Last updateTue, 26 Jul 2016 5pm

Your Health

Cuts, scrapes and bites: When to take your child to the doctor

Each year, more than 200,000 children are treated in emergency departments for playground injuries, according to the National Center for Injury Prevention and Control.

When a child suffers a minor injury, such as a cut, scrape or bite, parents must determine whether the child needs medical attention.

Most wounds, regardless of depth, will bleed. Areas of the body that receive a large amount of blood flow, such as the face and scalp, will often bleed profusely. It is important to remain calm and apply pressure to the wound. In many cases, these injuries are minor, and the pressure will stop the bleeding. If direct pressure does not stop the bleeding within five to 10 minutes, the child should be taken immediately to the nearest emergency room.

An abrasion or superficial cut does not require stitches and usually heals well with minimal scarring. The most common complication is infection. It is important to wash all cuts and scrapes thoroughly with soap and water. The wound should be kept dry for the next 24 hours to help it heal. Bandages and antibiotic ointments are unnecessary and have not been proven to prevent infection. Signs of infection include a spreading redness on the skin, any cloudy or thick drainage from the wound or pain at the wound site. If any of these symptoms are present, it is important to seek immediate medical attention.

Urgent care centers and emergency rooms attend to lacerations that require simple stitches or gluing. If the wound pulls apart, it most likely requires stitches. Stitches minimize the potential scar by bringing the skin together. A nonstitched wound will have a wide scar, while a stitched wound will have a thin scar that is often barely visible. If it is unclear whether or not a wound requires stitches, a health-care provider should assess the child within six hours of the injury before the wound begins to heal.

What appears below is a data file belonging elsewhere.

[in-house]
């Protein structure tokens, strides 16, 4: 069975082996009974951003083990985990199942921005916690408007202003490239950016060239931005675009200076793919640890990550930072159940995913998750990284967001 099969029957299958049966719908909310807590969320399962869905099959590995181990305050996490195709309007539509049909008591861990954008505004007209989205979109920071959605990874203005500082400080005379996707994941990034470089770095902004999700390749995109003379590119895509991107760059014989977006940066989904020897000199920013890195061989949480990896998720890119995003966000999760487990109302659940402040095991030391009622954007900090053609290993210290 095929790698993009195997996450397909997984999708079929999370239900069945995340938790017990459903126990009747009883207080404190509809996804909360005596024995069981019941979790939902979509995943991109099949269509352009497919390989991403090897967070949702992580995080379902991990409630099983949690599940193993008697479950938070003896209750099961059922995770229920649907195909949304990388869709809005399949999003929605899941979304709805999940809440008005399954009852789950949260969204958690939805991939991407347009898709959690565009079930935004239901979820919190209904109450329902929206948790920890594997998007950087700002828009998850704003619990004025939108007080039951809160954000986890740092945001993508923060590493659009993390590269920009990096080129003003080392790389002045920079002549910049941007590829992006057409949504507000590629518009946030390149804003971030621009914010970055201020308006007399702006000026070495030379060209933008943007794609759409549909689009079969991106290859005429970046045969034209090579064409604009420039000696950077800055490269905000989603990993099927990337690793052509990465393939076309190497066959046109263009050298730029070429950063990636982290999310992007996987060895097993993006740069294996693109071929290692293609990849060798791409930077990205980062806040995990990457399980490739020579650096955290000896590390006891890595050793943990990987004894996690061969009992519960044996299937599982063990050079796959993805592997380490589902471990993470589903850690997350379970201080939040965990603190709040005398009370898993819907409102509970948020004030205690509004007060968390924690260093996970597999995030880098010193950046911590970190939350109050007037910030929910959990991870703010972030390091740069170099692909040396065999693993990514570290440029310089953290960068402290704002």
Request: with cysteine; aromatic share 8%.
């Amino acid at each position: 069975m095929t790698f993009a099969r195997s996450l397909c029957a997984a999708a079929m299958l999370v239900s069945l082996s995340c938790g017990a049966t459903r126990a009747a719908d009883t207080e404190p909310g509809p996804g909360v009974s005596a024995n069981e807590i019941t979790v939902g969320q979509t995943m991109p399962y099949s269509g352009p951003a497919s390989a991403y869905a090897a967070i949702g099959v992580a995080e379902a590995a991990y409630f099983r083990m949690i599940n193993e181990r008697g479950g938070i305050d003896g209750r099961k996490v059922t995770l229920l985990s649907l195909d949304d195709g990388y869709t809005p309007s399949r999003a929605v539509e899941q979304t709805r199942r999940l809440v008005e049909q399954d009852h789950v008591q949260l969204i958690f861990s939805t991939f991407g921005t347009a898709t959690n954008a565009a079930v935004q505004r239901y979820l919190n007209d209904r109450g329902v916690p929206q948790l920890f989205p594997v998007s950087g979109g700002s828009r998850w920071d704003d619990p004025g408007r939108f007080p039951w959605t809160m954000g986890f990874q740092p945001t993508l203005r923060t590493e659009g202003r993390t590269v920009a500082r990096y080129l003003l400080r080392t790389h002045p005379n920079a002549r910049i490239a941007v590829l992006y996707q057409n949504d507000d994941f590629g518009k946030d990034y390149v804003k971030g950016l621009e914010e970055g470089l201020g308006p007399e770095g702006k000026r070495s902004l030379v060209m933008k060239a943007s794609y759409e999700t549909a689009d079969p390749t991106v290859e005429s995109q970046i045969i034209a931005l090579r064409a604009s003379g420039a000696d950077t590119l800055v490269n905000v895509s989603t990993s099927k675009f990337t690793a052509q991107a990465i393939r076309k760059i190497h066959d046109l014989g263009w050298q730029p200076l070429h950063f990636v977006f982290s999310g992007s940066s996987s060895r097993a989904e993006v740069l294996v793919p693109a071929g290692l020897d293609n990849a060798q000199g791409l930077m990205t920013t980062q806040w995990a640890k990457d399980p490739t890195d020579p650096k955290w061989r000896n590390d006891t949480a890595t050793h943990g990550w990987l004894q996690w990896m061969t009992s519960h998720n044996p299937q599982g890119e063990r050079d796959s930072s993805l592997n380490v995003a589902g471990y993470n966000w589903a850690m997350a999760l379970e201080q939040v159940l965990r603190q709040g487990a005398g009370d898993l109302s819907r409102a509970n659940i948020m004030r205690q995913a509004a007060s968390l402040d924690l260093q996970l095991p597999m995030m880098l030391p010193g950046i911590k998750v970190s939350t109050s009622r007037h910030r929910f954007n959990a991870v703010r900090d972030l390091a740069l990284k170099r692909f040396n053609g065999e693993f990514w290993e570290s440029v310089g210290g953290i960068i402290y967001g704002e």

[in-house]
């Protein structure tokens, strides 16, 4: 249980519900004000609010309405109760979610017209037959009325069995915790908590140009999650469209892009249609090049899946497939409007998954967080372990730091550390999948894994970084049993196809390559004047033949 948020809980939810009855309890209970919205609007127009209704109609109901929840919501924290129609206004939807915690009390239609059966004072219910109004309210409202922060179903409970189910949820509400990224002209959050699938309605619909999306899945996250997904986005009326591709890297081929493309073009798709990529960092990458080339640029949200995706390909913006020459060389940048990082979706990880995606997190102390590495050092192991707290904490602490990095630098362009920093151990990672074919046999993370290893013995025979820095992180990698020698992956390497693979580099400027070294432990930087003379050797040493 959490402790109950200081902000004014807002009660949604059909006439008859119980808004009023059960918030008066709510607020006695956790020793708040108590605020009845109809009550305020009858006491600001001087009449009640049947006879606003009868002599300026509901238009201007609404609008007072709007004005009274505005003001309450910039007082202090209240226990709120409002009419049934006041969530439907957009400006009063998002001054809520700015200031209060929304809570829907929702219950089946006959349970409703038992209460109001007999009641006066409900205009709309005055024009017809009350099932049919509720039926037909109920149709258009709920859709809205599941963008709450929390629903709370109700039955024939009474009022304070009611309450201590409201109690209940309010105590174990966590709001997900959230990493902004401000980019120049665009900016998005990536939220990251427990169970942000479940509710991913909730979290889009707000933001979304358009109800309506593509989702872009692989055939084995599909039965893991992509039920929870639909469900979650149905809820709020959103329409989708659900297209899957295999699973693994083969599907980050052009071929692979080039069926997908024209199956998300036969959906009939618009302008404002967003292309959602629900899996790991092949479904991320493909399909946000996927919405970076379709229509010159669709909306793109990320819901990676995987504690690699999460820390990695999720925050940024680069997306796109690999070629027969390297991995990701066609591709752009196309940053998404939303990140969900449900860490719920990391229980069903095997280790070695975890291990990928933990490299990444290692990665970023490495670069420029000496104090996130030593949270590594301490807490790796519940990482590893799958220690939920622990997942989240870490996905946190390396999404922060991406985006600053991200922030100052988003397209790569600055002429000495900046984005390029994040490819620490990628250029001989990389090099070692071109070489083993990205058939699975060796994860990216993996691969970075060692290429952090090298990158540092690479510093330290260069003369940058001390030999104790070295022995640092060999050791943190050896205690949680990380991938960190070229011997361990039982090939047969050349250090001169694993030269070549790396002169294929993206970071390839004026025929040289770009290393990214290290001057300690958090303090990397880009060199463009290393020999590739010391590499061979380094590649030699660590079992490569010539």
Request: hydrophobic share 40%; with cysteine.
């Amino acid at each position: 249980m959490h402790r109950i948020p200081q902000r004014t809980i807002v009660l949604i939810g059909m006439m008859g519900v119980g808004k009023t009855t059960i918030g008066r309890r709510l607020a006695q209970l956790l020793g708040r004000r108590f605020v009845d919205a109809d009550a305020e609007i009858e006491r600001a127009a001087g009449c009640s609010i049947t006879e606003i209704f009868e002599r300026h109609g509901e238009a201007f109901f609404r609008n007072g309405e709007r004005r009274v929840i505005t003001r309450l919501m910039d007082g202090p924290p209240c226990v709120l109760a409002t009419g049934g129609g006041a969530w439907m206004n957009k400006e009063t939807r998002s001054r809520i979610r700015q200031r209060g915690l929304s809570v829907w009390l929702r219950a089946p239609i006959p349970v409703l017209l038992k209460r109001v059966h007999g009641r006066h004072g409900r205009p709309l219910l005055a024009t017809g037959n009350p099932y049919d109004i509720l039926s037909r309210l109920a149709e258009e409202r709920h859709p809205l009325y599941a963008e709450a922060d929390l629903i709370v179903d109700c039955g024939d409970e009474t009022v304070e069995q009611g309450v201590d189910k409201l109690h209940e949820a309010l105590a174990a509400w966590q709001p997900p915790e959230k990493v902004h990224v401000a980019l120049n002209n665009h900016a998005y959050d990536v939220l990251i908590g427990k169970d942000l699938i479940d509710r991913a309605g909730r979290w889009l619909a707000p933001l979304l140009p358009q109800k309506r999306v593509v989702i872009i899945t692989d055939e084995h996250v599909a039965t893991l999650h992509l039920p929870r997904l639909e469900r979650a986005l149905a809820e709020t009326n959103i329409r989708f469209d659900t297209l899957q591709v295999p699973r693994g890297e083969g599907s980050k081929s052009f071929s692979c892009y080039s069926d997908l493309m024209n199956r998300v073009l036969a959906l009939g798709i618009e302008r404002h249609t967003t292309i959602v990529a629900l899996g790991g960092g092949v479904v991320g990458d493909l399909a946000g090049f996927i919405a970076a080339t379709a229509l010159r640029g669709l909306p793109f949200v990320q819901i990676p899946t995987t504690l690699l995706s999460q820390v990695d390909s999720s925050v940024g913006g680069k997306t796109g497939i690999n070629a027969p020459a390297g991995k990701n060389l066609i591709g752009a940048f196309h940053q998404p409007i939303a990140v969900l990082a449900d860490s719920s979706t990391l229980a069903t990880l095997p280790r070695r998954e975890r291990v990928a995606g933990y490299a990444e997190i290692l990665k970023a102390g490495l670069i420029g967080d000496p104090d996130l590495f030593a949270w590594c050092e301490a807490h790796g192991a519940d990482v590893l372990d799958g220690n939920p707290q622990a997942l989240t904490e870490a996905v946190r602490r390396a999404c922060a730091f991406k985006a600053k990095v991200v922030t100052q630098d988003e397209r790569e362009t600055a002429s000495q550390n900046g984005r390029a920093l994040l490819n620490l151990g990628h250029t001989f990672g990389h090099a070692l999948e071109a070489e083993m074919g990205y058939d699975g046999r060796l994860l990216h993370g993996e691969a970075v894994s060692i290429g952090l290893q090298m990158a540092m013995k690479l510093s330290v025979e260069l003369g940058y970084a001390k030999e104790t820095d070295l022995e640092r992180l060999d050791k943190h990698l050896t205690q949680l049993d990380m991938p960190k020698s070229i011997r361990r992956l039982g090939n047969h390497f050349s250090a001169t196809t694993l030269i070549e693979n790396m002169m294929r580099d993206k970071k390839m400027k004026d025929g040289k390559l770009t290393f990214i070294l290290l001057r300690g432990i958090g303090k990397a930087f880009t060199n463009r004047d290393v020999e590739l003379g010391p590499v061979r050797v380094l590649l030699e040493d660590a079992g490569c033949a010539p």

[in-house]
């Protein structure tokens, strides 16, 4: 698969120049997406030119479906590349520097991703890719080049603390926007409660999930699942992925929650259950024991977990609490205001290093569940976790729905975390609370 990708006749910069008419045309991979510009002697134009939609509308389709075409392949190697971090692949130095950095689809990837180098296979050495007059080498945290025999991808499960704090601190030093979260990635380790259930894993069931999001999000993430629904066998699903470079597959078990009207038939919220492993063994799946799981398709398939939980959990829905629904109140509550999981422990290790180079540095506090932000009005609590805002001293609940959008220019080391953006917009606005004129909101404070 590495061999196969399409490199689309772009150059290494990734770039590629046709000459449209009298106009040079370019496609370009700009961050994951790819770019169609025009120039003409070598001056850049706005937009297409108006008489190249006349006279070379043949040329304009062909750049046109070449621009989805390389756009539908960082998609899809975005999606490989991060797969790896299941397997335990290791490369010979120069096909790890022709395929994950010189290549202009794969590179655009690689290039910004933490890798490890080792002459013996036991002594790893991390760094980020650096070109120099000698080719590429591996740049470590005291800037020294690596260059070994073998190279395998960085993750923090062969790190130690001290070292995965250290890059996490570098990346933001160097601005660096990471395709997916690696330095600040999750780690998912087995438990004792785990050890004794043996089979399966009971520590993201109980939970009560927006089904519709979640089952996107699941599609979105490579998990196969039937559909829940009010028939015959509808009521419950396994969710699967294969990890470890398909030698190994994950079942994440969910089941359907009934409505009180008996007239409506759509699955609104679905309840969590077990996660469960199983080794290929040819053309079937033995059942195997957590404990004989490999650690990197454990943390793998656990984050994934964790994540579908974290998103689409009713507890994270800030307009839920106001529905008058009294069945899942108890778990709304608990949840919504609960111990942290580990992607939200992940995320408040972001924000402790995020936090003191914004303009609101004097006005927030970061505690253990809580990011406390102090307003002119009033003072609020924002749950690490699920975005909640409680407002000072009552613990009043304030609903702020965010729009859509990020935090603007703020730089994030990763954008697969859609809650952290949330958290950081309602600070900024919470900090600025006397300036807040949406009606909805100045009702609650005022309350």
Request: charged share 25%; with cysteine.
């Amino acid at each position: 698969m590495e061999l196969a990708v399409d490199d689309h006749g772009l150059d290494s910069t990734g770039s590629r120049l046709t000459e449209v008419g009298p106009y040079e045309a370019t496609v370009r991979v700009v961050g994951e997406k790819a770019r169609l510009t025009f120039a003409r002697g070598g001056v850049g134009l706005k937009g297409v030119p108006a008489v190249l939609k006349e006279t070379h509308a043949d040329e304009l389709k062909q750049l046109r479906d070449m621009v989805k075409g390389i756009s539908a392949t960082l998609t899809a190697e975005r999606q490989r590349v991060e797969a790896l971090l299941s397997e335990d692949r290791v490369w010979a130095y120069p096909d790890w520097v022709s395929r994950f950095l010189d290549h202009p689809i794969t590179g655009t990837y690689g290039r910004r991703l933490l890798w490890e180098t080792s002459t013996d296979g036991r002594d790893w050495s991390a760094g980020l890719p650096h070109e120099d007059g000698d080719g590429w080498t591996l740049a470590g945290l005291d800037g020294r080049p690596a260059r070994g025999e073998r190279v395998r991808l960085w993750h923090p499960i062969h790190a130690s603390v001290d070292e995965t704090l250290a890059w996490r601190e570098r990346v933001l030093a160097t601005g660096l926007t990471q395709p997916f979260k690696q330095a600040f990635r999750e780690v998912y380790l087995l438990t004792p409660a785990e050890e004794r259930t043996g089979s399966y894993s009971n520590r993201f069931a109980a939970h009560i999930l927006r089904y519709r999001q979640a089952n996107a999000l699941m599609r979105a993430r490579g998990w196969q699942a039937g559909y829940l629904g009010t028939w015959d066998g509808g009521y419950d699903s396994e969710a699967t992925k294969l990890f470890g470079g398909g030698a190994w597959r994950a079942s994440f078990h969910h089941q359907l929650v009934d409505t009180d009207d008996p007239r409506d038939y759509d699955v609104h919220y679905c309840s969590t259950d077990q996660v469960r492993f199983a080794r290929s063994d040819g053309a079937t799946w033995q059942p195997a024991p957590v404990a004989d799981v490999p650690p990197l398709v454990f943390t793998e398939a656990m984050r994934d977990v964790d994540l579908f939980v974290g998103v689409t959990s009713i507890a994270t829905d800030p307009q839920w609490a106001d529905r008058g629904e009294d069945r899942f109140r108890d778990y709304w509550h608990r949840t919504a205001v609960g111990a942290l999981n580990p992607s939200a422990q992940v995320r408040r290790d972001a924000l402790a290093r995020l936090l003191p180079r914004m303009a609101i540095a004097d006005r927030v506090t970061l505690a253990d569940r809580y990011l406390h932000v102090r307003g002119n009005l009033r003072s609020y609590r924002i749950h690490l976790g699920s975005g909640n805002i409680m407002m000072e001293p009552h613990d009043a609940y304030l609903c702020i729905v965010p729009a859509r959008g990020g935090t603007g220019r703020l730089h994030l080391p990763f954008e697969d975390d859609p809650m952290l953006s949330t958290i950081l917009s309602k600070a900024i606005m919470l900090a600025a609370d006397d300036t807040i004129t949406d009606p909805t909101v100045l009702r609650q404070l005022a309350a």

Puncture wounds and animal bites require immediate cleaning with soap and water and, in most cases, should be evaluated by a physician. Deep punctures or bites are much more likely to become seriously infected by bacteria.

Finally, in the case of any childhood injury, parents should ensure that their child's tetanus shots are up to date. With this and the above information in hand, parents can be as prepared as possible when their children get the inevitable cuts, scrapes and bites.

Dr. Lauren Brave is a pediatric urgent care physician at the Palo Alto Clinic of the Palo Alto Medical Foundation. The Palo Alto Medical Foundation and Arian Dasmalchi provided information for this article.

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